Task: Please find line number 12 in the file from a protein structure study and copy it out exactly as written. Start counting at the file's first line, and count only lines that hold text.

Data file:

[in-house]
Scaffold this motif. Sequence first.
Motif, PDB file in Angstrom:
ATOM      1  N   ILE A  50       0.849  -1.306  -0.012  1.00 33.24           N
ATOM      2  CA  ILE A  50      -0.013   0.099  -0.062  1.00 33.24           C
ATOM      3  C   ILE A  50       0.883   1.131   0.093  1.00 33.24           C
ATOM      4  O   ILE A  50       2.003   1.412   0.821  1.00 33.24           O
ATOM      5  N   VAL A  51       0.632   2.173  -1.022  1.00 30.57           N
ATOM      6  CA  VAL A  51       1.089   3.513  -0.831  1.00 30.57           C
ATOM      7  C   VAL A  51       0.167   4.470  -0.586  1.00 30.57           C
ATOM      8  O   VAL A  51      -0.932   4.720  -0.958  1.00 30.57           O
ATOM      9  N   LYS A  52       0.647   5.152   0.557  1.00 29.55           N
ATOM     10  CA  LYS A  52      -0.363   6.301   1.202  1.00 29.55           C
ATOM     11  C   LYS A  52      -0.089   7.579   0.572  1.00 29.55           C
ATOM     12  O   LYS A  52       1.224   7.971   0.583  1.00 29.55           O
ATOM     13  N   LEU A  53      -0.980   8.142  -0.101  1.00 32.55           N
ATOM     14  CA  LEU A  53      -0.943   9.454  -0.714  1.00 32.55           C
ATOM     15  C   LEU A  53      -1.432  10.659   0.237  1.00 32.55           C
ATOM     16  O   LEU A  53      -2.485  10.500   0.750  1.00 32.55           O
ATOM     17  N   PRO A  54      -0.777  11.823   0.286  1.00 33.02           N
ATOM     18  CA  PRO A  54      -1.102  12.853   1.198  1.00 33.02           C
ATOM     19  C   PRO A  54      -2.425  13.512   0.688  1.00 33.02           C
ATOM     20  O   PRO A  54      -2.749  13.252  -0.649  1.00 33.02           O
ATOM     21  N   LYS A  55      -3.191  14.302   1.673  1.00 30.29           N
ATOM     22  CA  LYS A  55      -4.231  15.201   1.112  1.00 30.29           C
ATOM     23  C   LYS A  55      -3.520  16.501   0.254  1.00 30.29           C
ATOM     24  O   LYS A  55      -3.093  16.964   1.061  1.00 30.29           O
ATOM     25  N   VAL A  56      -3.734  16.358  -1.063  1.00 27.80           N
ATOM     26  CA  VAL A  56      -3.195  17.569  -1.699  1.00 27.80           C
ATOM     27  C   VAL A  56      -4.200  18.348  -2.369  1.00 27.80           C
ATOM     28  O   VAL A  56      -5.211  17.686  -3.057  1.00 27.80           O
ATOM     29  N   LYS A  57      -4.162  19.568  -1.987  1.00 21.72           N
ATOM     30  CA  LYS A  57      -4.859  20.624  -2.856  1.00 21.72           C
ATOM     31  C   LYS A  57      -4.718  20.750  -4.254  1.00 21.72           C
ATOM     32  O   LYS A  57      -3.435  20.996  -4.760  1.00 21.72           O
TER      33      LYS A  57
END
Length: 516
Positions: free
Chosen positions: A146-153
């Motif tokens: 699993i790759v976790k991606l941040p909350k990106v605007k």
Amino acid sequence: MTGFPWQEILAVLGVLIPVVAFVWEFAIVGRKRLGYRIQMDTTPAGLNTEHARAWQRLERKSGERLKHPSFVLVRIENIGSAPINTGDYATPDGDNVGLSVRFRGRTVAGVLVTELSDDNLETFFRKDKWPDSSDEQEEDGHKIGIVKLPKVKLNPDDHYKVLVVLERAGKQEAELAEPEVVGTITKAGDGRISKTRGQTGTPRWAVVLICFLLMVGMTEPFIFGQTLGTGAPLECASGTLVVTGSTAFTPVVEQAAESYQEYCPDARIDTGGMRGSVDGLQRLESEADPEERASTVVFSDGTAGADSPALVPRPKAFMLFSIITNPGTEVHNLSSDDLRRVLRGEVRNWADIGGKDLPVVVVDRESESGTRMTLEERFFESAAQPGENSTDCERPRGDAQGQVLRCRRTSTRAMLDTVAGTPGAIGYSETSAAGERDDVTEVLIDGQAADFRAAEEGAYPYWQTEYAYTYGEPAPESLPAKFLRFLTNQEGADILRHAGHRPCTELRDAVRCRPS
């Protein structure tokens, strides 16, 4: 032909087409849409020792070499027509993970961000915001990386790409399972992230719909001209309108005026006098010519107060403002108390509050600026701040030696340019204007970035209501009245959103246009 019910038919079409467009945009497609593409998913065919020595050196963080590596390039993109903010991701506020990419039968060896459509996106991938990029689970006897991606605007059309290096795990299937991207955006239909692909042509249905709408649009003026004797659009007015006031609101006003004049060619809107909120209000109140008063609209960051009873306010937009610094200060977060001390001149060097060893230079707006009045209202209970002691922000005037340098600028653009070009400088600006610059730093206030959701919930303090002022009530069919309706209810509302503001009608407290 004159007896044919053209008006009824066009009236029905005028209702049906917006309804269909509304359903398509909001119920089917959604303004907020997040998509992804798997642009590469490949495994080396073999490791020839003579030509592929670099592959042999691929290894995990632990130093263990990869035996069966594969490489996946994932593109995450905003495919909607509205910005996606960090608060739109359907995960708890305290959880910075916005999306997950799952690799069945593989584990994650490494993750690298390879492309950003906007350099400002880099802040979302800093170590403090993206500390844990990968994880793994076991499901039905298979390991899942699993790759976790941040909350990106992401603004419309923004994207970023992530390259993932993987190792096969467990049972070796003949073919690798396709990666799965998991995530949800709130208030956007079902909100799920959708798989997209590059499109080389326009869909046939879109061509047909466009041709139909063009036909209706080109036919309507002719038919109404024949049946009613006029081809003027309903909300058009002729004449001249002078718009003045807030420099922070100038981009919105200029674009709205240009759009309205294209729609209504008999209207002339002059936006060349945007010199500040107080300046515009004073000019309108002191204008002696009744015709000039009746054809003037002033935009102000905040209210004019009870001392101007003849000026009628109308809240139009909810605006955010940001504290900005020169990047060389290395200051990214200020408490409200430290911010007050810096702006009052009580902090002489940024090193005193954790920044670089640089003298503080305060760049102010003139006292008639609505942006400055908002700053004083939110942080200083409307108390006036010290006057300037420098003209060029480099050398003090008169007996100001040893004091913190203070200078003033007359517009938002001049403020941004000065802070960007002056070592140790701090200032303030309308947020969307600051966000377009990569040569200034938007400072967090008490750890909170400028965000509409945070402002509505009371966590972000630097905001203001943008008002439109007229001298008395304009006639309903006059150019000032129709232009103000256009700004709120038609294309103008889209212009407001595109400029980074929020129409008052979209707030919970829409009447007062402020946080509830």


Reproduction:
ATOM      9  N   LYS A  52       0.647   5.152   0.557  1.00 29.55           N